Alvin Toffler has died at the age of 87. He was the author of the 1970 book Future Shock, which was heralded for articulating the anxieties that so many people felt about the future. 'Future shock', according to Toffler, was a kind of mental disease that afflicted us all and stemmed from a sense that the future was arriving too quickly. Though there are plenty of legitimate criticisms of his conclusions, his work spoke to the fears that people had in the 1970s and 80s as the world became more connected and society seemed to be unraveling economically and socially. He wrote: “We must search out totally new ways to anchor ourselves, for all the old roots religion, nation, community, family, or profession are now shaking under the hurricane impact of the accelerative thrust.”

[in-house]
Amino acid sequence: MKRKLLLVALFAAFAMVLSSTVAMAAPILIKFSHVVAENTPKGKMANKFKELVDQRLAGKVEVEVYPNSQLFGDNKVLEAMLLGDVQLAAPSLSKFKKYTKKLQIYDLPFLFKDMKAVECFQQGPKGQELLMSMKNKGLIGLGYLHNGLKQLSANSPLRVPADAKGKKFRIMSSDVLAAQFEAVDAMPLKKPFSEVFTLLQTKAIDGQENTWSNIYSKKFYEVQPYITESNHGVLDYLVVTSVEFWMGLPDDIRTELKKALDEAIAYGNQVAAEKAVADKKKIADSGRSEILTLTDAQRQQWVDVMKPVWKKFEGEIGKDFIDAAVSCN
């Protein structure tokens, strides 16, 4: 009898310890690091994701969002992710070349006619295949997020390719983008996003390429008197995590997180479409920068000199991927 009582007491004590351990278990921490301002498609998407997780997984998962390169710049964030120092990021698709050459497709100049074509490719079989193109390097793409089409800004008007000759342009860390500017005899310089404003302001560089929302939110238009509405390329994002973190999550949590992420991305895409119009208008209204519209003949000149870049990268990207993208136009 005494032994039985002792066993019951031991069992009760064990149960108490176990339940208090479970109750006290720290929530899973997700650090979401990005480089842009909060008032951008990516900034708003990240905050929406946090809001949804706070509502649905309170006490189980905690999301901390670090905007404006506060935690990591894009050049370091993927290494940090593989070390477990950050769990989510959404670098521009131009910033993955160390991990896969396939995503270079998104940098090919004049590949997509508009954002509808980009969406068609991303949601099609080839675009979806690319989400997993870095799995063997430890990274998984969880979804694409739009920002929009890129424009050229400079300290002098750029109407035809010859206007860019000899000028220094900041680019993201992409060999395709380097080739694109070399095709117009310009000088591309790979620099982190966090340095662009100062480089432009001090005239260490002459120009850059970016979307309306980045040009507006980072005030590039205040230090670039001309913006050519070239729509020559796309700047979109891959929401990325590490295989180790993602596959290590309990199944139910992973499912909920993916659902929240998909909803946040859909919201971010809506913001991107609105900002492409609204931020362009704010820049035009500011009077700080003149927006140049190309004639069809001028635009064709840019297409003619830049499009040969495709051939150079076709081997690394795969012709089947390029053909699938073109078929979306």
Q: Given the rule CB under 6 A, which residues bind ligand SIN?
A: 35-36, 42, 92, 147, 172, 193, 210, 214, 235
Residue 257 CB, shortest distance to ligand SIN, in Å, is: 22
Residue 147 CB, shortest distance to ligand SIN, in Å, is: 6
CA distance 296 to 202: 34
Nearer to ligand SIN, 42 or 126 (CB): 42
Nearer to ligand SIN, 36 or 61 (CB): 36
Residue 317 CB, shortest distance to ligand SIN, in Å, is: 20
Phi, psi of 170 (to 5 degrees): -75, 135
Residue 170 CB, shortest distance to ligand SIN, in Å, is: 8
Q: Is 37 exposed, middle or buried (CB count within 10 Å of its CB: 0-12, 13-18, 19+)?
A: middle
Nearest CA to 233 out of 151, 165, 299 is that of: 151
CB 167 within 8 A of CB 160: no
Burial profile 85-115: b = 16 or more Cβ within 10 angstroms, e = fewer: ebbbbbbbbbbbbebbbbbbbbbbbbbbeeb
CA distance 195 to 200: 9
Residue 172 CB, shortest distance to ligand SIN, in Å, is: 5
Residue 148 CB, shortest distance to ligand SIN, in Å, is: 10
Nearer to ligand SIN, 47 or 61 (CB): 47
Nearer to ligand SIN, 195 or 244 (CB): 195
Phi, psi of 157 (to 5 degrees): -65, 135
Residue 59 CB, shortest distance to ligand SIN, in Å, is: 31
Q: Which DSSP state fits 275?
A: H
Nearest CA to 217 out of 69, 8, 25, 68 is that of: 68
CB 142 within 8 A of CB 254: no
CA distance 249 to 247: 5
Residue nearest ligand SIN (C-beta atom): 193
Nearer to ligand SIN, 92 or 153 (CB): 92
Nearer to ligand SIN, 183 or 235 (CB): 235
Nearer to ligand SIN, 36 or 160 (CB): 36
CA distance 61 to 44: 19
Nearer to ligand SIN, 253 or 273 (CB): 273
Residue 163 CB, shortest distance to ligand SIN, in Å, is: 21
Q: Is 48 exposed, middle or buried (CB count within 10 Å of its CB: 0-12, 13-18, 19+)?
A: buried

He convinced me totally. I have been searching for the 'new ways' as long as I can remember.